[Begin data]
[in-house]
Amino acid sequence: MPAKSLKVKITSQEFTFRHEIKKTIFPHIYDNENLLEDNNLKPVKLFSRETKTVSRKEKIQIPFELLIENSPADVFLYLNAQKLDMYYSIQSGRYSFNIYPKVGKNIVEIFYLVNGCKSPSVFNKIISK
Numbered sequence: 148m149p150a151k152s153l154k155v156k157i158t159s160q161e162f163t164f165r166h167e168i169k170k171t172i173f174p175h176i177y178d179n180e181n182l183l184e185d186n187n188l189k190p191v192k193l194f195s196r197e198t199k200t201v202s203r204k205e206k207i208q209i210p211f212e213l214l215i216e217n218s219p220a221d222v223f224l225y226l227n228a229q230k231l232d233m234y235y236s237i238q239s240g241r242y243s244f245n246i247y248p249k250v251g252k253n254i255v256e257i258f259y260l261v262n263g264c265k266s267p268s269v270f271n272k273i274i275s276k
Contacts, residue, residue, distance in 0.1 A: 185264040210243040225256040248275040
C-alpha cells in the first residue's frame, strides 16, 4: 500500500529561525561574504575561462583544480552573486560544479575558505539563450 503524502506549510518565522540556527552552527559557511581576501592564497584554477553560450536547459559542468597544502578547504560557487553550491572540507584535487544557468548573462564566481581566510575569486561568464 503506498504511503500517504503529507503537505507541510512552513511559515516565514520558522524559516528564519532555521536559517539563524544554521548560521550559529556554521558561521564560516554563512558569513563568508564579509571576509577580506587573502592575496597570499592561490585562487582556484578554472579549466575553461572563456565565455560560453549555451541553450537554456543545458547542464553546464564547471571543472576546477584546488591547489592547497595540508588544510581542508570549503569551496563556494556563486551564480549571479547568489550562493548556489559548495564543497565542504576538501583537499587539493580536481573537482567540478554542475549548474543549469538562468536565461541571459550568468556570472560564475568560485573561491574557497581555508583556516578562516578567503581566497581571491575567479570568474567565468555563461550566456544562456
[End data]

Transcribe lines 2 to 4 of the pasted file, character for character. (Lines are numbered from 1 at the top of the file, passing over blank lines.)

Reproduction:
Amino acid sequence: MPAKSLKVKITSQEFTFRHEIKKTIFPHIYDNENLLEDNNLKPVKLFSRETKTVSRKEKIQIPFELLIENSPADVFLYLNAQKLDMYYSIQSGRYSFNIYPKVGKNIVEIFYLVNGCKSPSVFNKIISK
Numbered sequence: 148m149p150a151k152s153l154k155v156k157i158t159s160q161e162f163t164f165r166h167e168i169k170k171t172i173f174p175h176i177y178d179n180e181n182l183l184e185d186n187n188l189k190p191v192k193l194f195s196r197e198t199k200t201v202s203r204k205e206k207i208q209i210p211f212e213l214l215i216e217n218s219p220a221d222v223f224l225y226l227n228a229q230k231l232d233m234y235y236s237i238q239s240g241r242y243s244f245n246i247y248p249k250v251g252k253n254i255v256e257i258f259y260l261v262n263g264c265k266s267p268s269v270f271n272k273i274i275s276k
Contacts, residue, residue, distance in 0.1 A: 185264040210243040225256040248275040